Review: The 1619 Project: A New Origin Story

The 1619 Project: A New Origin Story The 1619 Project: A New Origin Story by Nikole Hannah-Jones
My rating: 5 of 5 stars

The old adage that history is written by the victors while not always true definitely has enough truth to it that one should always be concerned and critical of histories that reinforce a largely harmonious, homogeneous, and heartening history.  This is why The 1619 Project is so refreshing and powerful because it amply challenges the conventional history told in schools and popular media that centers white men's striving for more freedom (which often translates into wealth and power for everyone but is still concentrated among white men).  In its place, the writers center the enslavement of black people as the economic, intellectual, social,  medical, cultural, and legal center of the U.S.'s history. It does this effectively, drawing amply on substantial and wide-ranging established historians and primary sources to illustrate this picture.  After reading, it is hard to unsee the argument made; they provide such rich, numerous, and gut-wrenching examples to make their case. 

For instance, in order to craft the Declaration of Independence and the Constitution, the founders relied on enslaved people to free up their time and their minds to create, debate, and write these documents. That is, there's a one-to-one relationship between the enslaving of people (taking away their rights and freedoms) and the construction of the founding documents of the United States on this concept of freedom. Our tax structure and the complications we have with supporting it and do it effectively like other countries stems from bypassing income tax in the Constitution because the South wanted enslaved people to count for population counts when it related to political representation but not economic contribution.  Entire portions of medical breakthroughs come through experiments on Black bodies (dead or alive) because of racialized assumptions (validated by social and legal norms) about their bodies being less than and disposable.  The rise of policing marginalized populations began in earnest in the US with the rise of slave patrols and these slave patrols did not go away with the end of slavery, rather they were eventually converted into police patrols that harassed and arrested Black people on petty or made-up charges; this, in turn, led them to be re-enslaved through convict labor contracts (an institution that was at times as brutal as slavery).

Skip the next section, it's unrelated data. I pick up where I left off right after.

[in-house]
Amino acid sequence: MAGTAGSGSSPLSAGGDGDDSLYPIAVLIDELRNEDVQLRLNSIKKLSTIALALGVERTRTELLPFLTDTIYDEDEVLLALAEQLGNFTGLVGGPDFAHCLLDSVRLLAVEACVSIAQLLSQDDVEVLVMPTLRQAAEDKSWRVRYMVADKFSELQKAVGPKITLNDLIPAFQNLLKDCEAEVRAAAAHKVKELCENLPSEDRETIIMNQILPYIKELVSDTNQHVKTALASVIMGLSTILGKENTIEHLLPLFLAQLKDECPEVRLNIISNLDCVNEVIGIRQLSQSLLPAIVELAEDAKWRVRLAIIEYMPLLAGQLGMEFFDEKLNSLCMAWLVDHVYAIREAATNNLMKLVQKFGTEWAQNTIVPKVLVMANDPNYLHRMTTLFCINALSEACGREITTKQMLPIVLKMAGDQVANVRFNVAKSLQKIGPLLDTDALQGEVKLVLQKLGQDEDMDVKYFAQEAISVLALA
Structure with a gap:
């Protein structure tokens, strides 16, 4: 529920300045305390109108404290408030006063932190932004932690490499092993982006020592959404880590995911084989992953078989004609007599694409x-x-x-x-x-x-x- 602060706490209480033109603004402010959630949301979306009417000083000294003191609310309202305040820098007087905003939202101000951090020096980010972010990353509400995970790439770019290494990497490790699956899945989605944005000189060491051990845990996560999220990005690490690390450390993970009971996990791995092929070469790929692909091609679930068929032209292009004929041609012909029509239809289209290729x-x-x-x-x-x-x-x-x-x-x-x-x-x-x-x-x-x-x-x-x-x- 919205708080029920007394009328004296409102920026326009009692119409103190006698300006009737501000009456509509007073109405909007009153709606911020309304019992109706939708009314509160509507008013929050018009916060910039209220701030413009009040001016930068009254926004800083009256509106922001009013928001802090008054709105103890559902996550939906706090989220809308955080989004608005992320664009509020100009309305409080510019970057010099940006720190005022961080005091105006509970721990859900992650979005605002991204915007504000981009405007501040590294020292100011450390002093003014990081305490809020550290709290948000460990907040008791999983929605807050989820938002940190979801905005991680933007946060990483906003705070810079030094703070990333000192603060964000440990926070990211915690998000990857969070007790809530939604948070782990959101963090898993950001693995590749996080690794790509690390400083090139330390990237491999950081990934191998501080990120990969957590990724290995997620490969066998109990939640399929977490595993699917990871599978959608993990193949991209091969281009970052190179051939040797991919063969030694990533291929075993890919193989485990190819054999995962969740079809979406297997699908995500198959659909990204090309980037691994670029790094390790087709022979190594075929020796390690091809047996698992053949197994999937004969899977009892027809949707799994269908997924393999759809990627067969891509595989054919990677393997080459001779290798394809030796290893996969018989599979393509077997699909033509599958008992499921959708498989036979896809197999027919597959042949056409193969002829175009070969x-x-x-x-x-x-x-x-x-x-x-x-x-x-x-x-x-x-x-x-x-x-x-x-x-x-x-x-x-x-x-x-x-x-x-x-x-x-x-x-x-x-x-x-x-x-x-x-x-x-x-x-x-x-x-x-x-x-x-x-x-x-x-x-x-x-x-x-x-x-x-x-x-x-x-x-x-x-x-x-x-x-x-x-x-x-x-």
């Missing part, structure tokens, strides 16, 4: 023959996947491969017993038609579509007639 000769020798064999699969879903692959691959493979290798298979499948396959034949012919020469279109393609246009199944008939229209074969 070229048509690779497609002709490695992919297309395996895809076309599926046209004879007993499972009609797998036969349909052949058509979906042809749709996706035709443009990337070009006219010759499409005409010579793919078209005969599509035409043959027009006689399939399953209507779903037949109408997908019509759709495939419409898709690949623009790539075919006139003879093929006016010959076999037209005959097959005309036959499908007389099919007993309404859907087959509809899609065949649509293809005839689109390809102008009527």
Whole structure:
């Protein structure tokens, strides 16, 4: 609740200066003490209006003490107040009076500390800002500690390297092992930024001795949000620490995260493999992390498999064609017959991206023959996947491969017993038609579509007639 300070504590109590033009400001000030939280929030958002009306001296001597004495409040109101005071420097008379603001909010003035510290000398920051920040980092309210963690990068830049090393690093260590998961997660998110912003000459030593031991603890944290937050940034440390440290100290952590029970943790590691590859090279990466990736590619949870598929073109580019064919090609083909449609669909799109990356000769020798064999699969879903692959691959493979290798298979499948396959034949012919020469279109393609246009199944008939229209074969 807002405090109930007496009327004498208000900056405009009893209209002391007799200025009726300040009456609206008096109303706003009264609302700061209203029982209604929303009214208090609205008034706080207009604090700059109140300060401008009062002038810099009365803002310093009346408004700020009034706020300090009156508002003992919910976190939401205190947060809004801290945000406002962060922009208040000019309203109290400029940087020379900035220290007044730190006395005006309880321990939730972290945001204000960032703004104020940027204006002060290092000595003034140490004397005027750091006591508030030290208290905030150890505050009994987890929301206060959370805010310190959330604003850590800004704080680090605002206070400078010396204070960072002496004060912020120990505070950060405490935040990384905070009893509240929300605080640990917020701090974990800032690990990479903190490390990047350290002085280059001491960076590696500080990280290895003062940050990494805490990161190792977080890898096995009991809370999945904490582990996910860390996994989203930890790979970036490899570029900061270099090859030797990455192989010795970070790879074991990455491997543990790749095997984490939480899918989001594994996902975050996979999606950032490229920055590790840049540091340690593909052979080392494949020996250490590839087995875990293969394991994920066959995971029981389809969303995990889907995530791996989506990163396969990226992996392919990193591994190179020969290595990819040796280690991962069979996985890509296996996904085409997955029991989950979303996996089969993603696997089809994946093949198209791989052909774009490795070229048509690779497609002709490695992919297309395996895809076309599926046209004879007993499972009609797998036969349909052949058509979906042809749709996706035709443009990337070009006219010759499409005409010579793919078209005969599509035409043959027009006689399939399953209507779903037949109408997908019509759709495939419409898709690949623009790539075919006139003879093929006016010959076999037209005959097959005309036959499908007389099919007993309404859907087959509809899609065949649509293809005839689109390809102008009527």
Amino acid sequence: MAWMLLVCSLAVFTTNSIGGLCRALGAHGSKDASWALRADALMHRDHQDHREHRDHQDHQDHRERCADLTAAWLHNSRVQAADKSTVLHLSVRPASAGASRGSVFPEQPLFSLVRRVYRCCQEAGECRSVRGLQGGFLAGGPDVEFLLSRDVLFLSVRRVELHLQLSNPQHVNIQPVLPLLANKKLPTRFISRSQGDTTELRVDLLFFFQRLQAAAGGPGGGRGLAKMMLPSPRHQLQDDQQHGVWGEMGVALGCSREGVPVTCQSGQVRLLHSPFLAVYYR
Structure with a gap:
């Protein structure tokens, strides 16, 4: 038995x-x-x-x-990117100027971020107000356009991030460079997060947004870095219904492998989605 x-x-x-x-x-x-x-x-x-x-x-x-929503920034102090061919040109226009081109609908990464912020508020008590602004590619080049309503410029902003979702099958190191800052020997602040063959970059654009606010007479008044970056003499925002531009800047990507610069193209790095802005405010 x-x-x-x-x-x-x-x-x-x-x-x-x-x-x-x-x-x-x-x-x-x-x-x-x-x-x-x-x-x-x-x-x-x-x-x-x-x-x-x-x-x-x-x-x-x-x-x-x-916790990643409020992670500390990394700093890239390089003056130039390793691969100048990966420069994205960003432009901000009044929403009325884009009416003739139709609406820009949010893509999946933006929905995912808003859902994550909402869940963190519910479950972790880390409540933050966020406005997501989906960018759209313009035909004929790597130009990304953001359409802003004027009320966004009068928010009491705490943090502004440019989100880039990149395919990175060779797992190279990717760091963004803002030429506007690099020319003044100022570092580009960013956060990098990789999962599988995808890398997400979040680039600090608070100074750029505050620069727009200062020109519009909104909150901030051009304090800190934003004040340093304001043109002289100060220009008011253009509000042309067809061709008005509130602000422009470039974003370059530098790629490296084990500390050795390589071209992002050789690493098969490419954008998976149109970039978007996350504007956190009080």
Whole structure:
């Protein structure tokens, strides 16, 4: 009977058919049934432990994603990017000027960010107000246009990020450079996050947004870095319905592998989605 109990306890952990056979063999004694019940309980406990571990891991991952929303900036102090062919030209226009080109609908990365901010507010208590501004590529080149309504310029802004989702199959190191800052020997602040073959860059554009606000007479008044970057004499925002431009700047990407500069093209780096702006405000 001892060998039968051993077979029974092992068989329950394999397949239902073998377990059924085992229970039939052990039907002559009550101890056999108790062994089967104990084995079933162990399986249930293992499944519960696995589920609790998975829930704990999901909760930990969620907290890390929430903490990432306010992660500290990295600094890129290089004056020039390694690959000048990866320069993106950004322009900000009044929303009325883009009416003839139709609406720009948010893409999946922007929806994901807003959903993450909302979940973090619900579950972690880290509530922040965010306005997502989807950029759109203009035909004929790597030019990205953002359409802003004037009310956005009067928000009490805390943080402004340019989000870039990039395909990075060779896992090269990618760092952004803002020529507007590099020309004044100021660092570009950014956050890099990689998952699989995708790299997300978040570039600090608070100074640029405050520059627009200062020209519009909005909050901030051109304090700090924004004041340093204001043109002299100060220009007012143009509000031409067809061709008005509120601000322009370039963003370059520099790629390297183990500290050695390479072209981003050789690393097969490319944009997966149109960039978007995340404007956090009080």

Poems and fictional pieces are interspersed with essays, providing a richer understanding of how these shifts may have been experienced or understood.  These pieces add insight and more feeling, essential to round out the work since such works were often not possible at the time (since legal and educational structures have kept enslaved people from writing and publishing for nearly as long as they have allowed it).  The book has some strong parallels to Four Hundred Souls, edited by Ibram X. Kendi, and feels like a perfect complementary pairing where this book provides more arching histories and Kendi's anthology brings the reader into the more specific histories of individuals.  Still, if one wants a cumulative look at the scholarship and understanding of the U.S.'s origin story; this is the book to read.

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